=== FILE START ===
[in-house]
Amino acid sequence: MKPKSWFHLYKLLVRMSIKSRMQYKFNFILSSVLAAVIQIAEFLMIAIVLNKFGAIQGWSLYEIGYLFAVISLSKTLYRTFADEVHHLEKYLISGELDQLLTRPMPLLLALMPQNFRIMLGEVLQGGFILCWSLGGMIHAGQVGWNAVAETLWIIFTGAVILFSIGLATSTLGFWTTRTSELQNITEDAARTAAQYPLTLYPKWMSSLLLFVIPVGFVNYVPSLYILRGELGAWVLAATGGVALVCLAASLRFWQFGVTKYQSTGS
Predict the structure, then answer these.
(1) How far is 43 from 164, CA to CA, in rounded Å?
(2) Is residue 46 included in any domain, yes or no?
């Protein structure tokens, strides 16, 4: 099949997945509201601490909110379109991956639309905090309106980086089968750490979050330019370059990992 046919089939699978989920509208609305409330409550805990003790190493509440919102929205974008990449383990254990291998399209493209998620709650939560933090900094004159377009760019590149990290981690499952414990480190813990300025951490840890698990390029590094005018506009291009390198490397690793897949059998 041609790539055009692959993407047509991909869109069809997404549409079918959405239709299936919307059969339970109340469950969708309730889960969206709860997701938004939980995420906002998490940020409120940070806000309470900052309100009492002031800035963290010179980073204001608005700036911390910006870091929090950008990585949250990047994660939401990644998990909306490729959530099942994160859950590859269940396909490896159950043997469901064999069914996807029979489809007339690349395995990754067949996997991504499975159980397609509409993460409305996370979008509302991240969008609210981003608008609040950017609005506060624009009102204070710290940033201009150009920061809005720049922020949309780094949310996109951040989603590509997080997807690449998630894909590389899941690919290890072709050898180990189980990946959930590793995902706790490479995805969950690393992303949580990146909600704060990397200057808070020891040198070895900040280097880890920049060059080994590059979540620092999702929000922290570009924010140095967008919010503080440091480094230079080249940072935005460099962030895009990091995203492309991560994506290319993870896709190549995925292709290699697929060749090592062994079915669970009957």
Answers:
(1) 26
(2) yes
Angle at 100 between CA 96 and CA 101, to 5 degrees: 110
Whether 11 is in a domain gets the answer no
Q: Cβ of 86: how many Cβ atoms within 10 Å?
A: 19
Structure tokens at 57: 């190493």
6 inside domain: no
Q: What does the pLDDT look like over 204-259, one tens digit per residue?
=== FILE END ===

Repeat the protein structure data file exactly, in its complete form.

[in-house]
Amino acid sequence: MKPKSWFHLYKLLVRMSIKSRMQYKFNFILSSVLAAVIQIAEFLMIAIVLNKFGAIQGWSLYEIGYLFAVISLSKTLYRTFADEVHHLEKYLISGELDQLLTRPMPLLLALMPQNFRIMLGEVLQGGFILCWSLGGMIHAGQVGWNAVAETLWIIFTGAVILFSIGLATSTLGFWTTRTSELQNITEDAARTAAQYPLTLYPKWMSSLLLFVIPVGFVNYVPSLYILRGELGAWVLAATGGVALVCLAASLRFWQFGVTKYQSTGS
Predict the structure, then answer these.
(1) How far is 43 from 164, CA to CA, in rounded Å?
(2) Is residue 46 included in any domain, yes or no?
């Protein structure tokens, strides 16, 4: 099949997945509201601490909110379109991956639309905090309106980086089968750490979050330019370059990992 046919089939699978989920509208609305409330409550805990003790190493509440919102929205974008990449383990254990291998399209493209998620709650939560933090900094004159377009760019590149990290981690499952414990480190813990300025951490840890698990390029590094005018506009291009390198490397690793897949059998 041609790539055009692959993407047509991909869109069809997404549409079918959405239709299936919307059969339970109340469950969708309730889960969206709860997701938004939980995420906002998490940020409120940070806000309470900052309100009492002031800035963290010179980073204001608005700036911390910006870091929090950008990585949250990047994660939401990644998990909306490729959530099942994160859950590859269940396909490896159950043997469901064999069914996807029979489809007339690349395995990754067949996997991504499975159980397609509409993460409305996370979008509302991240969008609210981003608008609040950017609005506060624009009102204070710290940033201009150009920061809005720049922020949309780094949310996109951040989603590509997080997807690449998630894909590389899941690919290890072709050898180990189980990946959930590793995902706790490479995805969950690393992303949580990146909600704060990397200057808070020891040198070895900040280097880890920049060059080994590059979540620092999702929000922290570009924010140095967008919010503080440091480094230079080249940072935005460099962030895009990091995203492309991560994506290319993870896709190549995925292709290699697929060749090592062994079915669970009957």
Answers:
(1) 26
(2) yes
Angle at 100 between CA 96 and CA 101, to 5 degrees: 110
Whether 11 is in a domain gets the answer no
Q: Cβ of 86: how many Cβ atoms within 10 Å?
A: 19
Structure tokens at 57: 């190493």
6 inside domain: no
Q: What does the pLDDT look like over 204-259, one tens digit per residue?